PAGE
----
Joyce McNally found love on a reality dating series, which isn’t so unusual in today’s world, except for one thing — the divorced Long Island mom happens to be over the age of 50.
“Our age group is not one that you typically see — I had tremendous hesitation about participating,” McNally, 55, told The Post of her experience on Lifetime’s “Five Guys a Week,” airing Wednesdays at 10 p.m..
A single woman in McNally’s age bracket might not make for typical TV dating fodder, but the mom of one is far from alone — according to a Pew Research study released in 2020, nearly 30 percent of women and men between 50-64 are single.
McNally got married at 20, and divorced at 40. She’s been single for 15 years. Now, the president of a home healthcare organization is readying for her closeup in the August 3rd episode of “Five Guys,” where she welcomes five men into her home for a week, selecting a favorite at the end. Not exactly groundbreaking stuff, except unlike “The Bachelor” or “Love Island,” McNally is not in her 20s or 30s, and neither are the men trying to impress her.
McNally’s suitors on “Five Guys” include Ahrre, 62, a coffee magnate; Kevon, 62, a granddad with a dragon tattoo; Steve, 45, a teacher/model; Ron, 51, a stock trader; and Bryant, 42, a gym owner. It’s a departure for the show to date, which has typically featured more traditionally aged leading ladies and hopeful men.
This is also something of game-changer for the reality dating show genre, which only rarely dabbles in mature matchups; today’s TV landscape is littered with shows such as “Love is Blind,” “The Ultimatum,” and “FBoy Island,” where everyone appears to be well under the age of 35. McNally thinks that’s a shame.
“There are many folks in their 40s, 50s, 60s, that are divorced or not married and could relate to the experience,” she said. And even though she had her hesitations — “I’m not the thinnest!” — it’s an experience she welcomed, and one she hoped others in her situation might find relatable.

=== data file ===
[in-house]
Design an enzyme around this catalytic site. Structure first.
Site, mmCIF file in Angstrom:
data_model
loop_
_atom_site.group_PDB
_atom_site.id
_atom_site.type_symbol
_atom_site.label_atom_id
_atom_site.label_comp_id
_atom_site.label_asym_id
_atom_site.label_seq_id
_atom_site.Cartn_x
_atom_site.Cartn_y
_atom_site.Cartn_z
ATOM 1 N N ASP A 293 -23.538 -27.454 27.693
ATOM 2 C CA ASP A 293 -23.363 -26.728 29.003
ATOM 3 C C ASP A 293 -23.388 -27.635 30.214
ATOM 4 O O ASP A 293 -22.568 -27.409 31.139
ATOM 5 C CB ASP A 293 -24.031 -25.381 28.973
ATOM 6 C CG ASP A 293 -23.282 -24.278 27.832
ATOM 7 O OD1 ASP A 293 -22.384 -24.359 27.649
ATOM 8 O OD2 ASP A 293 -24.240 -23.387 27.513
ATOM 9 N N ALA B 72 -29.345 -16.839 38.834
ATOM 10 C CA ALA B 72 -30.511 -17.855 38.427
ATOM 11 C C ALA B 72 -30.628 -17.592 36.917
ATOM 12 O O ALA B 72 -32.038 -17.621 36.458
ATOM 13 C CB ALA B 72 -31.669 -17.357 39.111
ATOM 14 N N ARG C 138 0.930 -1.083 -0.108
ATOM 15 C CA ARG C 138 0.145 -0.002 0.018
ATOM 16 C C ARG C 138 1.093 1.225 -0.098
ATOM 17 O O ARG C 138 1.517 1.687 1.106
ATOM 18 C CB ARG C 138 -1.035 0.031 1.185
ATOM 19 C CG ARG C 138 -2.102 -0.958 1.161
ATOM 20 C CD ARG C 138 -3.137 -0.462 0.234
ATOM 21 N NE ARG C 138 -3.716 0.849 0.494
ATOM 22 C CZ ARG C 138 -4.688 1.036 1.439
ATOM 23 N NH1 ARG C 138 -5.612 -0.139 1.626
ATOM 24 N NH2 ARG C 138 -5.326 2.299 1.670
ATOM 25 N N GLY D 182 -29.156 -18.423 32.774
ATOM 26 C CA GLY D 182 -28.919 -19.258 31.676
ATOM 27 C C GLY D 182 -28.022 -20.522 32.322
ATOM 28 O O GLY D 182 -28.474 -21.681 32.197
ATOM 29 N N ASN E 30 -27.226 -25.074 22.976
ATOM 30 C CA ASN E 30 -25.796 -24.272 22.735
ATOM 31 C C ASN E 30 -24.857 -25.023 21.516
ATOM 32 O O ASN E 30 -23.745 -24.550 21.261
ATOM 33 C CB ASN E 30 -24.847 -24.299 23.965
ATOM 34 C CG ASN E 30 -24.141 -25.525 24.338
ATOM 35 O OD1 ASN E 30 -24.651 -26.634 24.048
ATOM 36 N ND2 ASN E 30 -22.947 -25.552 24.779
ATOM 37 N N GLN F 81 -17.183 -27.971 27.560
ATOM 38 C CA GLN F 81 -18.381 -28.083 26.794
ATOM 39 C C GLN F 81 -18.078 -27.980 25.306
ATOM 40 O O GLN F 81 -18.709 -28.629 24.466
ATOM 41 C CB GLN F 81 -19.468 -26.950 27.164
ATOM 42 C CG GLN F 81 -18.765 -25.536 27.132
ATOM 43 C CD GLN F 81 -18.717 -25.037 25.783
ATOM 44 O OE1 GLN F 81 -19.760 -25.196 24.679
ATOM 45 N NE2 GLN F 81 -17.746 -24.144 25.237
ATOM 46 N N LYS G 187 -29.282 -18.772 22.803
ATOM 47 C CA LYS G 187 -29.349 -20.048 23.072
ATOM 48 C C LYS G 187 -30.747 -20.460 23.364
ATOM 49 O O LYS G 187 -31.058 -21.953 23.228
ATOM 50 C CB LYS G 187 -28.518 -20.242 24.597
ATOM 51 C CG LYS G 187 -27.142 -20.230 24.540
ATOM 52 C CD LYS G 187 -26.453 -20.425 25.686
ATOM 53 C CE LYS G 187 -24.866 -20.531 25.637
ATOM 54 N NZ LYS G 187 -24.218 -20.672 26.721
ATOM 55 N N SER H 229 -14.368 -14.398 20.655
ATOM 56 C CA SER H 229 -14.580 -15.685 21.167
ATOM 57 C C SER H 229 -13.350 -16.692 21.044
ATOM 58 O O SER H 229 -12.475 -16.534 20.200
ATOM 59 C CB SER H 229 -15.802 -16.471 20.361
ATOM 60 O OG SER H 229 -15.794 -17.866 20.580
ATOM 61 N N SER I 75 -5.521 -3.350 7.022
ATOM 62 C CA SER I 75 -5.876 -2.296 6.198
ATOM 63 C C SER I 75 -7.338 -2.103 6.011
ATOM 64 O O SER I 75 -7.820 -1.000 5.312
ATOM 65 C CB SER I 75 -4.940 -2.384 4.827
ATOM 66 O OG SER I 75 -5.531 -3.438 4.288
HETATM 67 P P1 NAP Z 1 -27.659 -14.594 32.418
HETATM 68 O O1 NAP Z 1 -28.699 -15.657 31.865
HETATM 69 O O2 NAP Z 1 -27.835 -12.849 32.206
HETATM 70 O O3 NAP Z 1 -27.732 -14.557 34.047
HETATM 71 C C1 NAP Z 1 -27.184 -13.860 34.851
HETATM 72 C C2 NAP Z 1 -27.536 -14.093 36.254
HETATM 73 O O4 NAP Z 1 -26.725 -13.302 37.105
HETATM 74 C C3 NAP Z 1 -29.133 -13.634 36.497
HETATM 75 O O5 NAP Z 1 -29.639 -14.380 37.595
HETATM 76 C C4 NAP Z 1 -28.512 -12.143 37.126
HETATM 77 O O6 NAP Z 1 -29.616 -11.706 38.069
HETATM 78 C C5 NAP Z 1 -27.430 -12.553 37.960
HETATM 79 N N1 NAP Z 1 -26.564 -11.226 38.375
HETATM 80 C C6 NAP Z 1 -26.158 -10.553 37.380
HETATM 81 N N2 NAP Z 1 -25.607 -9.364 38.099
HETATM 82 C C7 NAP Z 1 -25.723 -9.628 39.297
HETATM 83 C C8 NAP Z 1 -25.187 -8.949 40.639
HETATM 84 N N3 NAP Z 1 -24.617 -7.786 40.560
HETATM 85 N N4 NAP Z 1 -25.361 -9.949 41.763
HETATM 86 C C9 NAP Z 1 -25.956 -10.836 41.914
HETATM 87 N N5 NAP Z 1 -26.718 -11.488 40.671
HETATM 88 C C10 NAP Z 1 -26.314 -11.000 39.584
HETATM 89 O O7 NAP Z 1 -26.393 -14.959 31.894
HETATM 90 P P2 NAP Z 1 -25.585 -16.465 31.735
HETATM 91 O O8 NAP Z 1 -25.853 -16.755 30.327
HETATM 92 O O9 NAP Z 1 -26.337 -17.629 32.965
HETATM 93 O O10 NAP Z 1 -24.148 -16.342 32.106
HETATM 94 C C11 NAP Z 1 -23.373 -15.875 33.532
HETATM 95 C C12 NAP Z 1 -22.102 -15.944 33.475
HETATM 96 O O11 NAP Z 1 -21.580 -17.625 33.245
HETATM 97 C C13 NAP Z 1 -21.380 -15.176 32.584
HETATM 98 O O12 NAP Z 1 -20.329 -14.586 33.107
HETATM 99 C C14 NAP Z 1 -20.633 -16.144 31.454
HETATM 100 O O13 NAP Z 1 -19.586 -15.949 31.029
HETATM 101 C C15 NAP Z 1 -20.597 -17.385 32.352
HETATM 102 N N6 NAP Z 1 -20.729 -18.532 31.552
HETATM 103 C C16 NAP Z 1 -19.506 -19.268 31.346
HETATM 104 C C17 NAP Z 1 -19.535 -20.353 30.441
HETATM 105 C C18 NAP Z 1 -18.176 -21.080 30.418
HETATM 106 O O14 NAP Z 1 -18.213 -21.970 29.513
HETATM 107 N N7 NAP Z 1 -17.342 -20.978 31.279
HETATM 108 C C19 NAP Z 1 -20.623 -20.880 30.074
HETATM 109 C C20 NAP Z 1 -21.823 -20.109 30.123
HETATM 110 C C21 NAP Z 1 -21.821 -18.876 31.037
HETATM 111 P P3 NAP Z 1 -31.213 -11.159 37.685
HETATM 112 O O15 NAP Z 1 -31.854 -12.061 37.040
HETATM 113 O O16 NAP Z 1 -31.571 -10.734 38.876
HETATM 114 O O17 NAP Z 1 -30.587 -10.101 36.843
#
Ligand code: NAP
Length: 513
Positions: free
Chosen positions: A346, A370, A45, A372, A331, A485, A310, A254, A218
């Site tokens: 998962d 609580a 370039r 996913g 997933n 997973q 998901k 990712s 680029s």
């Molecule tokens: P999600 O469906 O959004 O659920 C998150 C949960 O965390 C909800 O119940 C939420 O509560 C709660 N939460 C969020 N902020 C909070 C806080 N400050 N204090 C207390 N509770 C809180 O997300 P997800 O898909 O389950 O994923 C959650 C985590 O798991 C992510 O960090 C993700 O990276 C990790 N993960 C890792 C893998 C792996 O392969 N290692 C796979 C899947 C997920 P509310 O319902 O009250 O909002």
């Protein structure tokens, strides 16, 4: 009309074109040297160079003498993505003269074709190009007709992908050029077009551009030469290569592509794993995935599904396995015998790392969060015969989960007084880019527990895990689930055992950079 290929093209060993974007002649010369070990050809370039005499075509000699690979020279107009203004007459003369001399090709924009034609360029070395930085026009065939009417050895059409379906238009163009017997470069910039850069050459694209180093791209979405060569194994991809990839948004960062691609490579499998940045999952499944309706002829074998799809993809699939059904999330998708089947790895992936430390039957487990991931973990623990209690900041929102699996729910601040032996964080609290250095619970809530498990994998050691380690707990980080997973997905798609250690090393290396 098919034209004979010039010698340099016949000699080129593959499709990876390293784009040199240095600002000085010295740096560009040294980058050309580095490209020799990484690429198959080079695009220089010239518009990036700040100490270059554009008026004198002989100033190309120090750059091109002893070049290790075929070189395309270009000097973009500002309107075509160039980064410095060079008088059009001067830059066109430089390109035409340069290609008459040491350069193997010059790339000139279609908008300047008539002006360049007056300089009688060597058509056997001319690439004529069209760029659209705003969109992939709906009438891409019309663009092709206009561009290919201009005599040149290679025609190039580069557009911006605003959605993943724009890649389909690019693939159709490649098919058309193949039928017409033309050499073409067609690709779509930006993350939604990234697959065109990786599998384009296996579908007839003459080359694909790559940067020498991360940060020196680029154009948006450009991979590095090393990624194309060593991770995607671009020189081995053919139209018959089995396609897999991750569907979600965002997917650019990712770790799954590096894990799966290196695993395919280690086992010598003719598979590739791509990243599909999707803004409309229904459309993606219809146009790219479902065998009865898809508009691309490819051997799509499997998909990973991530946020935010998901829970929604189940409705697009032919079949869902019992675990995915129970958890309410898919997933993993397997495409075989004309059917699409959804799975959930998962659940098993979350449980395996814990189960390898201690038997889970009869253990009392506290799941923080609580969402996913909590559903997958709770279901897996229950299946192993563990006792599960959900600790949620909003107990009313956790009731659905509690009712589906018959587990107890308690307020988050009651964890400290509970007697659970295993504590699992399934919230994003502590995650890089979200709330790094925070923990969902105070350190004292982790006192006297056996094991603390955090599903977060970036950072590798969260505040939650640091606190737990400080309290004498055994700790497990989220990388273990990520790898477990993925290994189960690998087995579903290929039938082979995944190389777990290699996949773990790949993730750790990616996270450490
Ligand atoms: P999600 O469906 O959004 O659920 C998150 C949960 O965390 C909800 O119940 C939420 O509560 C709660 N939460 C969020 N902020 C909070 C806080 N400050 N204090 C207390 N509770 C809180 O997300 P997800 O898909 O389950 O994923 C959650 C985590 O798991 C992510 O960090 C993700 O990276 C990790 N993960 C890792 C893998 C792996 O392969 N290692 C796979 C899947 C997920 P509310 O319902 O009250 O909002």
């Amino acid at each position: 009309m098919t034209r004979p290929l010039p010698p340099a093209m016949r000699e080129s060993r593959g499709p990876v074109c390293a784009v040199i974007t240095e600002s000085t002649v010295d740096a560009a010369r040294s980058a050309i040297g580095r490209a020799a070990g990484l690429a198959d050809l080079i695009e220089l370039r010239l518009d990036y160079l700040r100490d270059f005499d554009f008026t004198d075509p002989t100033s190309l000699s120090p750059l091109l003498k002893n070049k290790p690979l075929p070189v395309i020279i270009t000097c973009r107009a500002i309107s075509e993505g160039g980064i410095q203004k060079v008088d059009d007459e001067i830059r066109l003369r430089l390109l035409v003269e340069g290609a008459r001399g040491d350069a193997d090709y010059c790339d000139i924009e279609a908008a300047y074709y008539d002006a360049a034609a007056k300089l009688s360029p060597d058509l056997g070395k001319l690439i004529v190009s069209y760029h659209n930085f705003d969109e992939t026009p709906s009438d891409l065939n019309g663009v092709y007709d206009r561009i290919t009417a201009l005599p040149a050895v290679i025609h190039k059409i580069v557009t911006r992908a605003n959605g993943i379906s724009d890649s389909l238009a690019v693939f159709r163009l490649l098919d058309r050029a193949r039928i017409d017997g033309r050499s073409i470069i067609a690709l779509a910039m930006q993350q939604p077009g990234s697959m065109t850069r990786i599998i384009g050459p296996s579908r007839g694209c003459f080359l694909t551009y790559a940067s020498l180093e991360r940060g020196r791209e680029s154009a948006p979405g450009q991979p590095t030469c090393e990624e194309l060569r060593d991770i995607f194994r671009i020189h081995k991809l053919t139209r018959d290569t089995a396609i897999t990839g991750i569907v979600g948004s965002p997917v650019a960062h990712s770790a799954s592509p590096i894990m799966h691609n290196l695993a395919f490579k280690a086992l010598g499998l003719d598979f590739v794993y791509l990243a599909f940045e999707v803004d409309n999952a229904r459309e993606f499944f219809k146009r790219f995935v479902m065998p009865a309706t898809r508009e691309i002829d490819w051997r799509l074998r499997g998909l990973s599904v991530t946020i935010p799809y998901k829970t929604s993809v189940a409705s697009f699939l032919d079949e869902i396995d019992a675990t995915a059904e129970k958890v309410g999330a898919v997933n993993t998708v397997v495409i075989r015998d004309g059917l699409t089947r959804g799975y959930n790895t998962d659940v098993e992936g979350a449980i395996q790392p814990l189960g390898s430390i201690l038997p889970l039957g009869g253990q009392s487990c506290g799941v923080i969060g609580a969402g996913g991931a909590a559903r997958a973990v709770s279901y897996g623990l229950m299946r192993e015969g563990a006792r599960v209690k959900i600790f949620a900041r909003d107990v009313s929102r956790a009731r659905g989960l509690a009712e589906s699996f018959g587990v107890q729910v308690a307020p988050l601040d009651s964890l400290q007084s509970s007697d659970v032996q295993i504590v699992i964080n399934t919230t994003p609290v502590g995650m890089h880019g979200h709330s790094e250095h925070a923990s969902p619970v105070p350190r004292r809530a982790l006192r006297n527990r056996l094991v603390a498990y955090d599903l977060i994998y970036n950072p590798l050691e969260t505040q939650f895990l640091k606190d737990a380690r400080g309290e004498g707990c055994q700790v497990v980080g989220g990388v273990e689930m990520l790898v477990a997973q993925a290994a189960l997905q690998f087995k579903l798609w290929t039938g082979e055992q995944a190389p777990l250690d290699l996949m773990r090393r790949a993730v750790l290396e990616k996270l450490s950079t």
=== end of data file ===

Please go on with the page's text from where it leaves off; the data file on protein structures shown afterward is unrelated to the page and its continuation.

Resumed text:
She was a little worried about the reaction from the people that know her best, but turns out she needn’t have been.
“Most of my friends and family were really supportive. They know I’m not that terrific at dating,” McNally admitted. “My son is 25, he was supportive of the process but wished it wasn’t so public. I don’t think anyone wants to see their mom kissing anyone on the television screen!”
McNally says that she turned to television after years of looking for love every other way.
“I’m a career gal,” she admitted. “I do a lot of traveling. I tried the dating sites for a little while, but when you’re on those, it really is a full-time job. It’s challenging with my schedule. It hasn’t lent itself to finding the right person. When this opportunity came up, I was excited.”
McNally noted that on standard first dates, everyone “brings their A-game,” so it can take a few months to get beneath the surface.
On the show, she has the men bunk down on air mattresses in her spare rooms, with two guys per room, sharing close quarters.
“Moving into my home and living with me for a week, everyone let their guards down,” she said. It was, at times, chaotic — but also a lot of fun.
She also thinks that her age might have worked in her favor.
“I think life experience is an advantage,” she said. “You learn what you’re looking for.”
Ultimately, McNally did find her Mr. Right, but details are under lock and key in advance of the episode’s airdate. Fortunately, her match lives locally, which will allow the hopeful twosome to finally spend some alone time together.
“It’s such an easy relationship,” she said of her mystery man. “We’re not like ‘The Bachelor’ where we’re running to the courthouse to get married, but the relationship is continuing to blossom.”
“I never would have expected such an outcome,” McNally admits. “At my age, who would have thought?”